The intruder was undeterred by my defense and raised the tomahawk to strike once more, standing over me. Again, just as my father had taught me, I used the sparse time he took to prepare his next strike to provide one of my own. Swinging the opening of the barrel around to the right side of my face, I aimed the butt of the musket at the intruder’s abdomen and thrust it with as much force as I could muster. The intruder abandoned his attack and jumped back to evade my thrust, and quickly circled to my right in order to strike at me before I could turn the musket in time to defend my side. He raised the tomahawk again, and I knew I would be too slow in defending myself as I had not anticipated his sudden move to my right side.
Yet it was just as he raised the tomahawk high above his head that he suddenly flinched and the weapon’s ascent was stilled. Slowly, ever so slowly, his knees began to bend and the intruder finally collapsed to the floor beside me. Standing just behind the spot where the intruder had been was Michael Tyons, one of the soldiers who shared the room with me, his musket and bayonet at the ready.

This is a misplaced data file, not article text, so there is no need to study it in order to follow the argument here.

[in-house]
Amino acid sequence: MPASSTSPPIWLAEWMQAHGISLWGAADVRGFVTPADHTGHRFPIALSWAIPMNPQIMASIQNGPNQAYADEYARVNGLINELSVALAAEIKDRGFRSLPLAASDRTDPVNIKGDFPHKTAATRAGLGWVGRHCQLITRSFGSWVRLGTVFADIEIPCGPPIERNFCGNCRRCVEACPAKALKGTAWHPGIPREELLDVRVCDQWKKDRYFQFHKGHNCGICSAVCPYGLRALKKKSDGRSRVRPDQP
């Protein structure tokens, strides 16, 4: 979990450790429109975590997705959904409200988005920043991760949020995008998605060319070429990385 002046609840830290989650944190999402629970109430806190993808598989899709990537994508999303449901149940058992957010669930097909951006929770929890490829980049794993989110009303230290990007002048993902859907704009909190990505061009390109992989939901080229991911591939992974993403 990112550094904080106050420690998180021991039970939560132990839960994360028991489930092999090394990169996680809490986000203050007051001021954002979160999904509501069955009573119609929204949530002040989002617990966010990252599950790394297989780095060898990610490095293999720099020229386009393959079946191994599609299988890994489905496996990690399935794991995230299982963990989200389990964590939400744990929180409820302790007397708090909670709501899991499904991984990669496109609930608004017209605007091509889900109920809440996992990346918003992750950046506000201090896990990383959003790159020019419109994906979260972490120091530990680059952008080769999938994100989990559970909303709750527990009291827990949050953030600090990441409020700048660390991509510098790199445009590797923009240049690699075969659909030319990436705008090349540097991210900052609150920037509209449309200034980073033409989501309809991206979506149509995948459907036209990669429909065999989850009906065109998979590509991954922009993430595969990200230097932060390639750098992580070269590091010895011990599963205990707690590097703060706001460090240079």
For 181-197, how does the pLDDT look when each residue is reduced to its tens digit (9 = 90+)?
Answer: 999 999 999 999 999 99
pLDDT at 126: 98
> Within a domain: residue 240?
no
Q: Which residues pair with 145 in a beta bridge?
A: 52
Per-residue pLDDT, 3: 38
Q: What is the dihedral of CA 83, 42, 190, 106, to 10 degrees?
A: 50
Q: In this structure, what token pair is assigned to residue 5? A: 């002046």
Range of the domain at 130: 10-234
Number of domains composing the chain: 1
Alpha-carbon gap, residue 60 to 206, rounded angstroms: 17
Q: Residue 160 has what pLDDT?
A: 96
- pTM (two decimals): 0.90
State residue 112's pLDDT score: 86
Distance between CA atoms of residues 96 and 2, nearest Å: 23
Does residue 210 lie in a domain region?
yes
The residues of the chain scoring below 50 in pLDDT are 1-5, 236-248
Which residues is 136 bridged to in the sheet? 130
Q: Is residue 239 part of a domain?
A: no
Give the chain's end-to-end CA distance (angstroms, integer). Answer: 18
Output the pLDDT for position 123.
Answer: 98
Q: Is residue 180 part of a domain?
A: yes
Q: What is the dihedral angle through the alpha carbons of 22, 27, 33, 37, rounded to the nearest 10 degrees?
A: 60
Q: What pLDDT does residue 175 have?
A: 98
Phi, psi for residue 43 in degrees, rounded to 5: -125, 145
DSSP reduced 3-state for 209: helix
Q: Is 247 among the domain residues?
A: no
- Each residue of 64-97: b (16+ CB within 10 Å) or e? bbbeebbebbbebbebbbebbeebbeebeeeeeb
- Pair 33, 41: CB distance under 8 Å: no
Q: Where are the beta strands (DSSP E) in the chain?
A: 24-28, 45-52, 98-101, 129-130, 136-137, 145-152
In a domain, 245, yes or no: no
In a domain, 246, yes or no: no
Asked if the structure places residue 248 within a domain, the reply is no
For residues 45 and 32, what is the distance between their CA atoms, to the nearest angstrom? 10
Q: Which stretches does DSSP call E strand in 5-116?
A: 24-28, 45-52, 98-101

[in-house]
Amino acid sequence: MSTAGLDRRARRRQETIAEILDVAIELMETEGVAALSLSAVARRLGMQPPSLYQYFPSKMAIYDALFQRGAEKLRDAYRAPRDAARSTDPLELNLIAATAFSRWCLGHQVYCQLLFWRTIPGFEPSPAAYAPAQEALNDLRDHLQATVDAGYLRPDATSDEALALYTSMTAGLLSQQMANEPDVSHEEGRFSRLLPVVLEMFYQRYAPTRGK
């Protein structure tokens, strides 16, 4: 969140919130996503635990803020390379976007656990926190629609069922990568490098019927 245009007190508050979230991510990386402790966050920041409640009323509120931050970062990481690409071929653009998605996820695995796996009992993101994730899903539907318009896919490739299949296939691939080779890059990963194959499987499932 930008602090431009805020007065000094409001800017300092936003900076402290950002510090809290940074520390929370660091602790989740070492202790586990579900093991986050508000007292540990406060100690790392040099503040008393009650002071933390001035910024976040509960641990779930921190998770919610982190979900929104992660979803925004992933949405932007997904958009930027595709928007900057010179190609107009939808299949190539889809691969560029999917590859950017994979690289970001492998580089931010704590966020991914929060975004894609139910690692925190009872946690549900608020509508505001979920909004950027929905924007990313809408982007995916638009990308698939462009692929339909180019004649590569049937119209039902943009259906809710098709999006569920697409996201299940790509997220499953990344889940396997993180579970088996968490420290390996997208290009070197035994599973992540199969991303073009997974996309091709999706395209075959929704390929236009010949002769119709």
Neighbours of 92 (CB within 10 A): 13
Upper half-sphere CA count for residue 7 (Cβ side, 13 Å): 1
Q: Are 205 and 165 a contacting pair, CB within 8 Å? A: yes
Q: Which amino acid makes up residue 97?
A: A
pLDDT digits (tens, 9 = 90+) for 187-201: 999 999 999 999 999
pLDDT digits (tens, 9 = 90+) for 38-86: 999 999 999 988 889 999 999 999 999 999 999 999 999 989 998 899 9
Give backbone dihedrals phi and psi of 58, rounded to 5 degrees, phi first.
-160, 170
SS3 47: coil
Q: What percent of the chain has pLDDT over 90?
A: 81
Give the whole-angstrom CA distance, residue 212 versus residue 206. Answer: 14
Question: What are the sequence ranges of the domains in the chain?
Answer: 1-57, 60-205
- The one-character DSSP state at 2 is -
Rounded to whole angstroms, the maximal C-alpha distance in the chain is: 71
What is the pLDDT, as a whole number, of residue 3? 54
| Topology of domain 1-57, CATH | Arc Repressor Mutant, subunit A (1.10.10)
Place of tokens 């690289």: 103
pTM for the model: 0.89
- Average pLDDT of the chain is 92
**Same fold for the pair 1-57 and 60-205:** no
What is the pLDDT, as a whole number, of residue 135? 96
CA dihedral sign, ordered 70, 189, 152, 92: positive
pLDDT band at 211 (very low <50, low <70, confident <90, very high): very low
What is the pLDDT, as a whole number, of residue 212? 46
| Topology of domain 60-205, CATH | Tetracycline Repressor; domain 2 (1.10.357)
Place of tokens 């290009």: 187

“Don’t worry, mate,” he said with strained eyes while looking down at the intruder. “He’s been properly dispatched.”
Standing shakily, I wiped the sweat off my forehead and nodded a thanks to Michael, unable in my fear to express my appreciation for his intervention which had saved my life. I looked down and found that my eyes had adjusted to the darkness enough to see that the intruder was an Indian. The excitement and anxiety were causing my hands to shake incessantly, and I barely registered the words Percival spoke next.
“What happened, Sam?” he asked, his tone both caring and bewildered.
I shook my head, attempting to figure out what had happened for myself. “I—I woke up just in time to see someone steal into the room. He…he went straight to Daniel Foxe’s mat, and I cried out when I saw him raise the tomahawk above Daniel. That’s when he came straight for me, ‘til Michael here intervened.”
Michael was kneeling beside the Indian now, looking at the decorations the Indian had strung in his hair. “I think we need to find Officer Lennox’s Indian friend, Joshua. He can tell us what tribe this man is from.”
Percival nodded and added, “My main concern is whether the French sent him here or not. And is he alone? After all, I—”
Shouts were suddenly heard down the hall in the other men’s rooms, providing a grim answer to Percival’s query. What we had believed to be the incident of a lone intruder caught in a single act of espionage was in fact nothing of the sort.
It was an act of war.